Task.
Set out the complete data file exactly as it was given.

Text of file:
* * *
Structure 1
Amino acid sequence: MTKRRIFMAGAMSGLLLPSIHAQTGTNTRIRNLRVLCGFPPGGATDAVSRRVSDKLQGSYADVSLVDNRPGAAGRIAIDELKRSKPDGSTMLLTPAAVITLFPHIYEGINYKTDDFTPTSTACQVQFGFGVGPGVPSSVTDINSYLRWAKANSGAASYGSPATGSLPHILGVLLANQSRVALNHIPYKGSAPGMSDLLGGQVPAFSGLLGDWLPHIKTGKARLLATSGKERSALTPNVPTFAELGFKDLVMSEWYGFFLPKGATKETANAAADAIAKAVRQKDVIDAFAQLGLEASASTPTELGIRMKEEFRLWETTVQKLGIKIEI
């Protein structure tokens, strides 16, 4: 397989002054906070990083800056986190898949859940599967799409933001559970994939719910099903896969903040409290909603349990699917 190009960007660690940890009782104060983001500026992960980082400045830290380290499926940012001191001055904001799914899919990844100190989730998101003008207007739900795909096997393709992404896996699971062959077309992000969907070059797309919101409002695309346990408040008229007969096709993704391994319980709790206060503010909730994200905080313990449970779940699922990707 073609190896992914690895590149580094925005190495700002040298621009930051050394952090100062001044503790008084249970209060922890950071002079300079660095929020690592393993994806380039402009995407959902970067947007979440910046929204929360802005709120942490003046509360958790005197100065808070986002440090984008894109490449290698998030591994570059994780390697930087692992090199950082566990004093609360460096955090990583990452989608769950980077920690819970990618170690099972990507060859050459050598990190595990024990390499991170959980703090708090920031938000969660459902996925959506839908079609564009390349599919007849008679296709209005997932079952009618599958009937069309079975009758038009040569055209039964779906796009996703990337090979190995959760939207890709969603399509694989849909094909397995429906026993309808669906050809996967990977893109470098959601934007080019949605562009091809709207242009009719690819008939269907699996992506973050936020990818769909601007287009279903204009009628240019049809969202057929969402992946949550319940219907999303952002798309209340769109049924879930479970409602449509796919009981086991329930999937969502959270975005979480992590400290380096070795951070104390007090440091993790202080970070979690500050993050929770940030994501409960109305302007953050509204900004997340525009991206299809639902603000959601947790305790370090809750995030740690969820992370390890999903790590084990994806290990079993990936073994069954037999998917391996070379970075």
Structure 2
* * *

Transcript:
Structure 1
Amino acid sequence: MTKRRIFMAGAMSGLLLPSIHAQTGTNTRIRNLRVLCGFPPGGATDAVSRRVSDKLQGSYADVSLVDNRPGAAGRIAIDELKRSKPDGSTMLLTPAAVITLFPHIYEGINYKTDDFTPTSTACQVQFGFGVGPGVPSSVTDINSYLRWAKANSGAASYGSPATGSLPHILGVLLANQSRVALNHIPYKGSAPGMSDLLGGQVPAFSGLLGDWLPHIKTGKARLLATSGKERSALTPNVPTFAELGFKDLVMSEWYGFFLPKGATKETANAAADAIAKAVRQKDVIDAFAQLGLEASASTPTELGIRMKEEFRLWETTVQKLGIKIEI
């Protein structure tokens, strides 16, 4: 397989002054906070990083800056986190898949859940599967799409933001559970994939719910099903896969903040409290909603349990699917 190009960007660690940890009782104060983001500026992960980082400045830290380290499926940012001191001055904001799914899919990844100190989730998101003008207007739900795909096997393709992404896996699971062959077309992000969907070059797309919101409002695309346990408040008229007969096709993704391994319980709790206060503010909730994200905080313990449970779940699922990707 073609190896992914690895590149580094925005190495700002040298621009930051050394952090100062001044503790008084249970209060922890950071002079300079660095929020690592393993994806380039402009995407959902970067947007979440910046929204929360802005709120942490003046509360958790005197100065808070986002440090984008894109490449290698998030591994570059994780390697930087692992090199950082566990004093609360460096955090990583990452989608769950980077920690819970990618170690099972990507060859050459050598990190595990024990390499991170959980703090708090920031938000969660459902996925959506839908079609564009390349599919007849008679296709209005997932079952009618599958009937069309079975009758038009040569055209039964779906796009996703990337090979190995959760939207890709969603399509694989849909094909397995429906026993309808669906050809996967990977893109470098959601934007080019949605562009091809709207242009009719690819008939269907699996992506973050936020990818769909601007287009279903204009009628240019049809969202057929969402992946949550319940219907999303952002798309209340769109049924879930479970409602449509796919009981086991329930999937969502959270975005979480992590400290380096070795951070104390007090440091993790202080970070979690500050993050929770940030994501409960109305302007953050509204900004997340525009991206299809639902603000959601947790305790370090809750995030740690969820992370390890999903790590084990994806290990079993990936073994069954037999998917391996070379970075």
Structure 2